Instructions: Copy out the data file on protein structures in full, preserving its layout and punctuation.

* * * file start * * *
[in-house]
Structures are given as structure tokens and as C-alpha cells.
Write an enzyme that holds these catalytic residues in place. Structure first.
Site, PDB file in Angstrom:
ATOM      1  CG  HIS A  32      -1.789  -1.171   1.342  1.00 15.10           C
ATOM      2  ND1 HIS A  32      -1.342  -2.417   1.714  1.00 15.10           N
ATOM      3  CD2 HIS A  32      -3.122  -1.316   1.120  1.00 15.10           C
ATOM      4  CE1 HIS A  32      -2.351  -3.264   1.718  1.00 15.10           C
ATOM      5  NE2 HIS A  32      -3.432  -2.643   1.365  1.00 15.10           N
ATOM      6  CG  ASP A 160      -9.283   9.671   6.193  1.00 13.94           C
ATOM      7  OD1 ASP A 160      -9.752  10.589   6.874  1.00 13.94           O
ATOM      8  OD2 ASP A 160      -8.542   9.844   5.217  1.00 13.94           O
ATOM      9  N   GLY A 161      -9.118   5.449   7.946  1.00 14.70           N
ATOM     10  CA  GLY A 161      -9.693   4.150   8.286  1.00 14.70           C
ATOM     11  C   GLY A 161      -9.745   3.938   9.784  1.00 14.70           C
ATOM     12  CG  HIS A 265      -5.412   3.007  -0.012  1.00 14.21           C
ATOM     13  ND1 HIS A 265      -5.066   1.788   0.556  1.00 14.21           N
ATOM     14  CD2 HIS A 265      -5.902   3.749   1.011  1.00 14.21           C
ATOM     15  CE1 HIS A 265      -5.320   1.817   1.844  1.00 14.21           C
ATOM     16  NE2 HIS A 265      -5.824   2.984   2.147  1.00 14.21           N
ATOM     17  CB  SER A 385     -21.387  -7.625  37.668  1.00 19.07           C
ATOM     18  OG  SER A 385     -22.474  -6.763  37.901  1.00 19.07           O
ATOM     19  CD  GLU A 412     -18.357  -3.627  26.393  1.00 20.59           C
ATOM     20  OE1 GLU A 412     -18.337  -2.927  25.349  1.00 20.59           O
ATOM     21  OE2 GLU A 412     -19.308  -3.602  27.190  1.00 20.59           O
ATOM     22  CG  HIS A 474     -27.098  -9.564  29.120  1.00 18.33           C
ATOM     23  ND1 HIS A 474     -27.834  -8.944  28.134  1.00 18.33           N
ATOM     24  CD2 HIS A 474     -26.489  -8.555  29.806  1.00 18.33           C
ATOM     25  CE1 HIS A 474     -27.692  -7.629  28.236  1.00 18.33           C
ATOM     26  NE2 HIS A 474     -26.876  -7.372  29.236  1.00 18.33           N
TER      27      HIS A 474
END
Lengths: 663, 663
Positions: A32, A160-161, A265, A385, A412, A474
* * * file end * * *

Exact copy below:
[in-house]
Structures are given as structure tokens and as C-alpha cells.
Write an enzyme that holds these catalytic residues in place. Structure first.
Site, PDB file in Angstrom:
ATOM      1  CG  HIS A  32      -1.789  -1.171   1.342  1.00 15.10           C
ATOM      2  ND1 HIS A  32      -1.342  -2.417   1.714  1.00 15.10           N
ATOM      3  CD2 HIS A  32      -3.122  -1.316   1.120  1.00 15.10           C
ATOM      4  CE1 HIS A  32      -2.351  -3.264   1.718  1.00 15.10           C
ATOM      5  NE2 HIS A  32      -3.432  -2.643   1.365  1.00 15.10           N
ATOM      6  CG  ASP A 160      -9.283   9.671   6.193  1.00 13.94           C
ATOM      7  OD1 ASP A 160      -9.752  10.589   6.874  1.00 13.94           O
ATOM      8  OD2 ASP A 160      -8.542   9.844   5.217  1.00 13.94           O
ATOM      9  N   GLY A 161      -9.118   5.449   7.946  1.00 14.70           N
ATOM     10  CA  GLY A 161      -9.693   4.150   8.286  1.00 14.70           C
ATOM     11  C   GLY A 161      -9.745   3.938   9.784  1.00 14.70           C
ATOM     12  CG  HIS A 265      -5.412   3.007  -0.012  1.00 14.21           C
ATOM     13  ND1 HIS A 265      -5.066   1.788   0.556  1.00 14.21           N
ATOM     14  CD2 HIS A 265      -5.902   3.749   1.011  1.00 14.21           C
ATOM     15  CE1 HIS A 265      -5.320   1.817   1.844  1.00 14.21           C
ATOM     16  NE2 HIS A 265      -5.824   2.984   2.147  1.00 14.21           N
ATOM     17  CB  SER A 385     -21.387  -7.625  37.668  1.00 19.07           C
ATOM     18  OG  SER A 385     -22.474  -6.763  37.901  1.00 19.07           O
ATOM     19  CD  GLU A 412     -18.357  -3.627  26.393  1.00 20.59           C
ATOM     20  OE1 GLU A 412     -18.337  -2.927  25.349  1.00 20.59           O
ATOM     21  OE2 GLU A 412     -19.308  -3.602  27.190  1.00 20.59           O
ATOM     22  CG  HIS A 474     -27.098  -9.564  29.120  1.00 18.33           C
ATOM     23  ND1 HIS A 474     -27.834  -8.944  28.134  1.00 18.33           N
ATOM     24  CD2 HIS A 474     -26.489  -8.555  29.806  1.00 18.33           C
ATOM     25  CE1 HIS A 474     -27.692  -7.629  28.236  1.00 18.33           C
ATOM     26  NE2 HIS A 474     -26.876  -7.372  29.236  1.00 18.33           N
TER      27      HIS A 474
END
Lengths: 663, 663
Positions: A32, A160-161, A265, A385, A412, A474